Dr Richard Freeman: Former British Cycling doctor's medical adjourned until Friday
A medical tribunal for the former chief doctor at British Cycling and Team Sky has been adjourned until Friday.
Dr Richard Freeman's hearing was due to begin in Manchester on Wednesday but he did not attend and a delay until Friday at 09:30 GMT was agreed.
He has been charged with ordering testosterone in May 2011 to give to an unnamed rider to boost performance.
The General Medical Council has accused him of lying to conceal his motive but Freeman denies any wrongdoing.
On Wednesday his legal team successfully applied for the 48-hour adjournment.
Tribunal chair Stephen Mooney said: "The reasons for the adjournment cannot be made public at this time.
"But I can say this, there is likely to be a further application on Friday morning which will involve legal argument and it is very likely to be held in private as well."
Freeman's legal team remain confident he will attend to give evidence but if found guilty he could be struck off and lose his medical licence.
That could also have major ramifications for the sport, with UK Anti-Doping poised to reopen its investigation into cycling, which was closed 14 months ago.
Following the adjournment, British Cycling said: "It is in the public interest and in the best interests of the sport that the allegations against Dr Richard Freeman are heard and examined by the Medical Practitioners Tribunal Service.
"We continue to support the General Medical Council's work as historic questions need to be resolved."
Following a GMC investigation, Freeman was charged with contacting a leading medical supplier - Oldham-based Fit4Sport Ltd - to ask for confirmation that the order for testosterone was sent in error to Manchester's National Cycling Centre - home to Team Sky and British Cycling - despite knowing this had not taken place.
Last month the BBC obtained email correspondence that showed that five months passed between the testosterone gel arriving at the velodrome in May 2011, and Freeman receiving a note from the supplier that it had been sent by mistake.
In pre-hearing information published by the Medical Practitioners Tribunal Service (MPTS), it is claimed Freeman's "motive for his actions, in respect of the untrue statements and communications with Fit4Sport Ltd, were to conceal his motive for placing the order".
Fit4Sport told the BBC it would not comment while the GMC proceedings were ongoing.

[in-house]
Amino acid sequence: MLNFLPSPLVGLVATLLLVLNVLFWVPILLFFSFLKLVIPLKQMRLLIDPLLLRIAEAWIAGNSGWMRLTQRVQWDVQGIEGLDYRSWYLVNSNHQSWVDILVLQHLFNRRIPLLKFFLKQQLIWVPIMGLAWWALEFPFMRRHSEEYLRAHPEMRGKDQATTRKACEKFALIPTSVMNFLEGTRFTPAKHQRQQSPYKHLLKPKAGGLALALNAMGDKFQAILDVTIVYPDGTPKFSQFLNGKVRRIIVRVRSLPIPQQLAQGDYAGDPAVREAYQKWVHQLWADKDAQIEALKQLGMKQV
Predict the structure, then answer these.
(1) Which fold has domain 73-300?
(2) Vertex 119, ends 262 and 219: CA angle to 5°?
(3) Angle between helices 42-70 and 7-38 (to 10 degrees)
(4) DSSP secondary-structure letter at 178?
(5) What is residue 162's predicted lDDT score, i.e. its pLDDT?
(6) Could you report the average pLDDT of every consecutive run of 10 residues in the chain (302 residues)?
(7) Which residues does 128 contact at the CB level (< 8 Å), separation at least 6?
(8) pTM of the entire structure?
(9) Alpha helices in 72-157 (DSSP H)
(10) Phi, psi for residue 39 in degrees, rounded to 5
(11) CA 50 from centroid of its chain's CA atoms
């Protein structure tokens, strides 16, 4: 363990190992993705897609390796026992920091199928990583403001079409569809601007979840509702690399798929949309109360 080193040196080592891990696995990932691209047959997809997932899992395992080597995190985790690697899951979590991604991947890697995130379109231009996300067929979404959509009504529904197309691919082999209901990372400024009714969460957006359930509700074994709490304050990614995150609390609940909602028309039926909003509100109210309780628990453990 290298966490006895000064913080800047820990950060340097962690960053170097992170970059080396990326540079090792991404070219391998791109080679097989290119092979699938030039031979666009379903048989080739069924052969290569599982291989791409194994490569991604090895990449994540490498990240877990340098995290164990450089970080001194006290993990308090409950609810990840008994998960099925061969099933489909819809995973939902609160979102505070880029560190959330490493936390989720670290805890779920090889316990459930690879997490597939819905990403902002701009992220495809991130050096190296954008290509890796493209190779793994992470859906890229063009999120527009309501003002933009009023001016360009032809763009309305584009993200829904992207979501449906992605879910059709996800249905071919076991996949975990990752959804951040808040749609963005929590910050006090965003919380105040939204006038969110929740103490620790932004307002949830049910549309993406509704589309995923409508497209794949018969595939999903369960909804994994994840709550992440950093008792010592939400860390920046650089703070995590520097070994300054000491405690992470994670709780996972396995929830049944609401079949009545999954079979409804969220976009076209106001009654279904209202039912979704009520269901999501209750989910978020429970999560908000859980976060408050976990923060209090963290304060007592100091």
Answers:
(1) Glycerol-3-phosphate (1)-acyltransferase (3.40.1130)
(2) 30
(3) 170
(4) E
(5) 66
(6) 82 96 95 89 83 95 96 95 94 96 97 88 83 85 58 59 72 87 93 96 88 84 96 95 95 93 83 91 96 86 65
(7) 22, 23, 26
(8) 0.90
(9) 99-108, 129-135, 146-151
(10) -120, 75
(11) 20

Freeman is also alleged to have lied to Ukad investigators in February 2017 by stating the testosterone had been ordered for a non-athlete member of staff.
Testosterone is outlawed by the World Anti-Doping Agency.
Freeman, formerly head of medicine and head of sports science at Bolton Wanderers FC from 2001 until 2009, worked as a medic at Team Sky and British Cycling between 2009 and 2015. He then worked solely for British Cycling for another two years.
He will be represented by renowned barrister Mary O'Rourke, who represented former Chelsea FC doctor Eva Carneiro in 2016 in her constructive dismissal claim against the Premier League club.
The case - which will be heard at the MPTS and is scheduled to last for four weeks - threatens to cast a shadow over the sport in Britain more serious than any seen before.
Certainly, among the 11 accusations Freeman faces, the explosive claim that he ordered the testosterone gel for an athlete to boost their performance eclipses any allegation to date in the various controversies affecting British Cycling and Team Sky in recent years.
The delivery at the heart of the case was made just over a year before Britain reigned supreme in the velodrome at the London 2012 Games.
The tribunal also comes at a time when Team Sky are trying to find new backers after their main sponsor announced it was pulling out at the end of this season.
Freeman received a mystery medical package for Sir Bradley Wiggins in 2011 but was unable to prove what it contained, blaming the theft of his laptop and poor record-keeping. He also denied an MPs' report that accused Team Sky of "crossing the ethical line" with its use of medical exemptions for banned drugs. The team denied any wrongdoing.
Last year Freeman told the BBC that he suffered a "major depressive illness" before he was due to give evidence at a parliamentary select committee hearing in December 2016.
The GMC has charged Freeman with "inappropriately" providing medical treatment to non-athletes, and failing to inform three patients' GPs of "medication prescribed and reasons for prescribing".
It also claims that Freeman, who resigned from British Cycling in October 2017 because of ill health, "failed to maintain an adequate record management system".
He denies any wrongdoing and has vowed to "clear everything up" over the testosterone delivery after the GMC investigation.
Team Sky's former medical director Dr Steve Peters and British Cycling's former technical director Shane Sutton are among those expected to give evidence.